The last words of the novel express – once again with what can now be seen to have been misplaced optimism – the patient determination of the socialist working class to keep up the fight and retain confidence that in time they will triumph. On a fine summer's day Kati and Toni are watching construction workers putting up a house in the street opposite them. "When you look at those piles of bricks and stones, it's hard to believe that a house will ever be made out of them," Toni says. "But in a month's time, it will be there. And that's the way it is with us too. From the ruins we drag one stone after another. We stack them. We sort them carefully. And a new, free Germany will arise out of the stones. We are building it, mother, we are already building it." "Yes, Toni," Kati replies quietly. "You are right. We are rebuilding, we are rebuilding." (144)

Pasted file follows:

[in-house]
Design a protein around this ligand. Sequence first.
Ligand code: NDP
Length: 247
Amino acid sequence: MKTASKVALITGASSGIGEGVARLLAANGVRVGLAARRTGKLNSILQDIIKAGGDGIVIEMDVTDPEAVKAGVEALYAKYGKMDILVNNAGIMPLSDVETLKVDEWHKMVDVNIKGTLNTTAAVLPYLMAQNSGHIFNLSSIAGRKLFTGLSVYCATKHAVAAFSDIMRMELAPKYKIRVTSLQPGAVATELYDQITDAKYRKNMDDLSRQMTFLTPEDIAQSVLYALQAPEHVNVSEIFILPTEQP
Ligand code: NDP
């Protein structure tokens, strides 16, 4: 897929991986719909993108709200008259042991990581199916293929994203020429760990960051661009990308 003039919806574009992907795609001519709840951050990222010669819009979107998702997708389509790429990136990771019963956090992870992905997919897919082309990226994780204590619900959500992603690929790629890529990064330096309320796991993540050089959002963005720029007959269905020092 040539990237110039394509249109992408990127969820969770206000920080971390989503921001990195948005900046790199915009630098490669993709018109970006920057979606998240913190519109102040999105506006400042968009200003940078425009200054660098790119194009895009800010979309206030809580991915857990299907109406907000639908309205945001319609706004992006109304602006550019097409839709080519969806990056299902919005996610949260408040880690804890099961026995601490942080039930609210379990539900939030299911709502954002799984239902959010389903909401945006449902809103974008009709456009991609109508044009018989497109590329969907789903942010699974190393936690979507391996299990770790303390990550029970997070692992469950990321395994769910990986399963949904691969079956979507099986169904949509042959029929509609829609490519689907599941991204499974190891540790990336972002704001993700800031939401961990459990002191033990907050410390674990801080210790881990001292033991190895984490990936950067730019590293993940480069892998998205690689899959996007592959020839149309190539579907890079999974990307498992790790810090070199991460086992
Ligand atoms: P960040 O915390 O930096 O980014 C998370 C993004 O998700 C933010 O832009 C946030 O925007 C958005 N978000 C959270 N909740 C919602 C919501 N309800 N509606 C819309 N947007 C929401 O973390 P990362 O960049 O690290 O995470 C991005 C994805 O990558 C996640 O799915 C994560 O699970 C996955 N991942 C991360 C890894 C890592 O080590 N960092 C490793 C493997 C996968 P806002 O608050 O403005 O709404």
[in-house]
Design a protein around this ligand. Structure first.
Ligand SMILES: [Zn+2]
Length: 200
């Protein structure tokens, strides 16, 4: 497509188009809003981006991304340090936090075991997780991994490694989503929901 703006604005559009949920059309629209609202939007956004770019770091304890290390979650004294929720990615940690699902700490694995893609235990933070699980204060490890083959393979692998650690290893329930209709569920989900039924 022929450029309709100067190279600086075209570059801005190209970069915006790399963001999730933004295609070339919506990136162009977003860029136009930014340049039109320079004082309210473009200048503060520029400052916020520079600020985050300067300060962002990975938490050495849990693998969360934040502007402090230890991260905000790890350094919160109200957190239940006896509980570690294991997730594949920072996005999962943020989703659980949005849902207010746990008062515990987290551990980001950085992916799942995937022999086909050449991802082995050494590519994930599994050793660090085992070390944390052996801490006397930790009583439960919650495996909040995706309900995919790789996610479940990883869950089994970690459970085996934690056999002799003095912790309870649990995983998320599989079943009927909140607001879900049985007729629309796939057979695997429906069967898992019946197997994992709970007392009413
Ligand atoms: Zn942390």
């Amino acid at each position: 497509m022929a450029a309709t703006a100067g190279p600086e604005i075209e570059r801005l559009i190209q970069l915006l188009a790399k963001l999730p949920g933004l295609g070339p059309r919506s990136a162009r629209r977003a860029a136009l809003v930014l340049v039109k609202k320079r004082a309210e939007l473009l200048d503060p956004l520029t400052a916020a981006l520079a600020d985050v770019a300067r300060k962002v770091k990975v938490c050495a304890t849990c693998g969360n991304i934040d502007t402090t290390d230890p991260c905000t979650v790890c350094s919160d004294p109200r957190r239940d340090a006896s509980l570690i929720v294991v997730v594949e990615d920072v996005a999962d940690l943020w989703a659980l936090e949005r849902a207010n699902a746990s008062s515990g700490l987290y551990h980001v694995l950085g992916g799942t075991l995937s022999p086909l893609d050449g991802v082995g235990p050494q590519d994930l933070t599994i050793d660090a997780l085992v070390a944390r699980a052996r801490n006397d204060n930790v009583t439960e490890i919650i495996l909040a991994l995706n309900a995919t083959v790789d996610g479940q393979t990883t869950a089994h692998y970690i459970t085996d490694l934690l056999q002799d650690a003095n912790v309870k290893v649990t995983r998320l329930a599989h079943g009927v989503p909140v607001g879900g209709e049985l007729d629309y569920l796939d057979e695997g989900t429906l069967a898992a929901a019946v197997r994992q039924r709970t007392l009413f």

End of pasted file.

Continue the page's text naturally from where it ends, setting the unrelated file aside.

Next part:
By making women – stereotypically impulsive and volatile but also focused on slow maturation and the long-term survival of the species – the central players in her political novel, Zur Mühlen may have intended to direct attention to one of the essential tensions of her narrative: the tension, within the opposition to National Socialism, between impassioned, almost instinctive revulsion and considered, clear-headed rejection, between impulsive, short-term protest and calculated, long-term resistance. By giving the last word to the patient, un-heroic, but resolute working class women, rather than the more reckless and heroic aristocrats, she gives precedence to the long objective view of historical action over the short subjective view of personal reaction. Kati and Toni look toward the future, their eyes are trained on the objective of a far-off final victory, not on short-term actions that make a largely ineffectual moral statement or afford a sense of momentary, purely subjective moral satisfaction at having done the right thing and been "true to oneself." Consequently, they manage their resources carefully, avoid unnecessary risk, and refrain from actions that will not contribute to their long-term goals and might even detract from the realization of these goals. Toni, who is no less repelled by the behavior of the SA than Claudia, does not sacrifice herself in noble protest, but withdraws in order to contribute to a larger, longer, planned struggle. The two working class women thus become models of behavior for all the other opponents of National Socialism. Seppel, for instance, goes wild when he learns that his mother has been placed under arrest and thinks of turning himself in to obtain her release. He has to be persuaded that that will do no good and that far more will be achieved by his continuing to work in the resistance. Countess Agnes who behaves recklessly wherever only her own life is at risk, fails to understand that, as Kati puts it, "We cannot afford to lose the services of a single one of us." (126, 141). The Countess and Claudia, as Zur Mühlen repeatedly points out, act according to the old, by no means unworthy, but in modern conditions unpractical and unproductive principles and values of a dying caste. As the Countess herself says, "I think that we – members of my old caste – can die for a cause, but we do not know how to live for one. We don't have the right strength for that. Dying is also easier." (106)